An increasing number of military applications demand that humans and robots/machines team and work together as peers over long periods to solve complex problems over open worlds. Examples of such tasks include search and rescue applications, and executive command and guidance of unmanned vehicles. Robots operating in such remote human-robot teams need to engage in goaldirected reasoning with partial models of world and objectives, while responding to state, goal and objective updates that come to them both from a rich, dynamic world as well as from the human commanders that exercise control over them. Typical reactive robotic architectures are inadequate in such scenarios since they come with hard-wired implicit goals. Instead, teaming robots require more explicit planning components that can take new requirements and directives into consideration. Most existing work on decisionmaking for human-robot teams focuses on automating either path planning decisions, or taskassignment decisions with the human taking an operator role. Effective peer-to-peer teaming requires full-fledged action planning on the robots part. Similarly, most existing work in automated planning ignores the humans in the loop, and assumes complete knowledge of models and objectives. Finally, pure learning-based approaches that attempt to first learn the complete models before using them are not well suited, as the robot does not have the luxury of waiting until the models become complete. The broad aim of the proposed research is to understand the challenges faced by a planner that guides a robot in such teaming scenarios, and to develop effective frameworks for handling those challenges. The challenges stem both from the long-term nature of teaming tasks and the open-world nature of the environment, as well as the need for supporting effective communication between the human and the robot. These in turn demand the ability to deal with incompletely specified models, uncertain objectives, open and dynamically changing worlds, as well as the ability to take continual human instructions (including those that change and/or modify goals and action models), and return meaningful status reports. In this research, we propose to address these challenges. Specifically, we propose to undertake research tasks aimed respectively at handling incomplete models through generation of robust plans; handling uncertain objectives and partial preferences through diverse plans and open world conditional goals; and handling continual state, goal and model-updates with the help of commitment and opportunity sensitive replanning. In all these tasks, we propose to pay particular attention to issues of interfacing with the humans in the team. The proposed work leverages and builds on promising preliminary results from the Kambhampatis recent research on planning, and Cookes research on evaluating effective human-machine communication frameworks. It is expected to make fundamental contributions to automated planning as well as decision-making for human-robot teams. B-1 The proposed research is well aligned with the goals of the Science of Autonomy program. In particular, the proposed research addresses the following two tough problems: (i) Dynamically generate, assess and refine plans with partially known environments and partially known objectives and (ii) Planning when beliefs of both self and other agents change contingently with the environment (e.g. new objects, relations and events are observed, when new goals emerge or are inferred).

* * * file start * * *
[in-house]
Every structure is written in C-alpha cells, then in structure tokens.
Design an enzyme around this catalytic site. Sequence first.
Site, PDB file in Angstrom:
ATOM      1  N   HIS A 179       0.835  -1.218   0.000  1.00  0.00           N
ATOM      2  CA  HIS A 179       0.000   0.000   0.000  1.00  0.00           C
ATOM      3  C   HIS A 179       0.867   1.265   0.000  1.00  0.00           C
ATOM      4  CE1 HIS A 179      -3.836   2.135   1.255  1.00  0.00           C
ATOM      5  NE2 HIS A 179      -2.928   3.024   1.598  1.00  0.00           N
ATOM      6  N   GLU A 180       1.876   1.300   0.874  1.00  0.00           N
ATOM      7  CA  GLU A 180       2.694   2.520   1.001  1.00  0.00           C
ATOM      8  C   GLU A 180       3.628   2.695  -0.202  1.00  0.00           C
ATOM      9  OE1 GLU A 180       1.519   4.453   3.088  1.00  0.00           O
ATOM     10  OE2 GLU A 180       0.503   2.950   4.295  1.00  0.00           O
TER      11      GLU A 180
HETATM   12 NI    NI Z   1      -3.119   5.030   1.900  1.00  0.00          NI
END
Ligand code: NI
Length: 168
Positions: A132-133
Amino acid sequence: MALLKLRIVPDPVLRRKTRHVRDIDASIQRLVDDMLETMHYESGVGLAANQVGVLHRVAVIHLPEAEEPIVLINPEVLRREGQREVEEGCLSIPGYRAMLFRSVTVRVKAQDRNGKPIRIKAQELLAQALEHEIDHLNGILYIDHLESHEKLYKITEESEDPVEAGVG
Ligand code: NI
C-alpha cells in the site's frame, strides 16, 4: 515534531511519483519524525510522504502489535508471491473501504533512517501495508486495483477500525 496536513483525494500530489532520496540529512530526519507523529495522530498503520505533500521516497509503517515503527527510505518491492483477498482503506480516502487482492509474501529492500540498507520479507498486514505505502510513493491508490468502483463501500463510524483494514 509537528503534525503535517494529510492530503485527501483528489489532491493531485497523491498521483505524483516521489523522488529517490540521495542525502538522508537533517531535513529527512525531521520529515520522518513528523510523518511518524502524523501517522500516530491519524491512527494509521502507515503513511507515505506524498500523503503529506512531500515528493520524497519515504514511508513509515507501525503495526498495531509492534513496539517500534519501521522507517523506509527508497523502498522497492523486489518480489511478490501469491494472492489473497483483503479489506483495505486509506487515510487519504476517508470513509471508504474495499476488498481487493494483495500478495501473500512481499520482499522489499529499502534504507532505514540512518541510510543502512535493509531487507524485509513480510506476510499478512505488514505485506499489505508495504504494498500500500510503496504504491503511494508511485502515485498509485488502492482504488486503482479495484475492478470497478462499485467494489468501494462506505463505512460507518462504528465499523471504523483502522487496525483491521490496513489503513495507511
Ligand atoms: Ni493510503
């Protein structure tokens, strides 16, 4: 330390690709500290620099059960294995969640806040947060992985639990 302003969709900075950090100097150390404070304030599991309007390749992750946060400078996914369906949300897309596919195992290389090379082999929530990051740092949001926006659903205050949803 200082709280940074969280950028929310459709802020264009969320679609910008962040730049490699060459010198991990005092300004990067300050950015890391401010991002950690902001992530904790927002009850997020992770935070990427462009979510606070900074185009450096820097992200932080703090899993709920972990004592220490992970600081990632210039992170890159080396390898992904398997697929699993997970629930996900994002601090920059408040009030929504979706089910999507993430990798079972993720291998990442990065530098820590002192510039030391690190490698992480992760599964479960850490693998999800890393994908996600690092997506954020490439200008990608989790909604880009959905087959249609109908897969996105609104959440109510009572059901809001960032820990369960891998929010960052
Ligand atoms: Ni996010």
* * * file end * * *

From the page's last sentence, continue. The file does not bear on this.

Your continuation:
|Effective start/end date||5/1/13 → 4/30/16|
- DOD-NAVY: Office of Naval Research (ONR): $450,000.00
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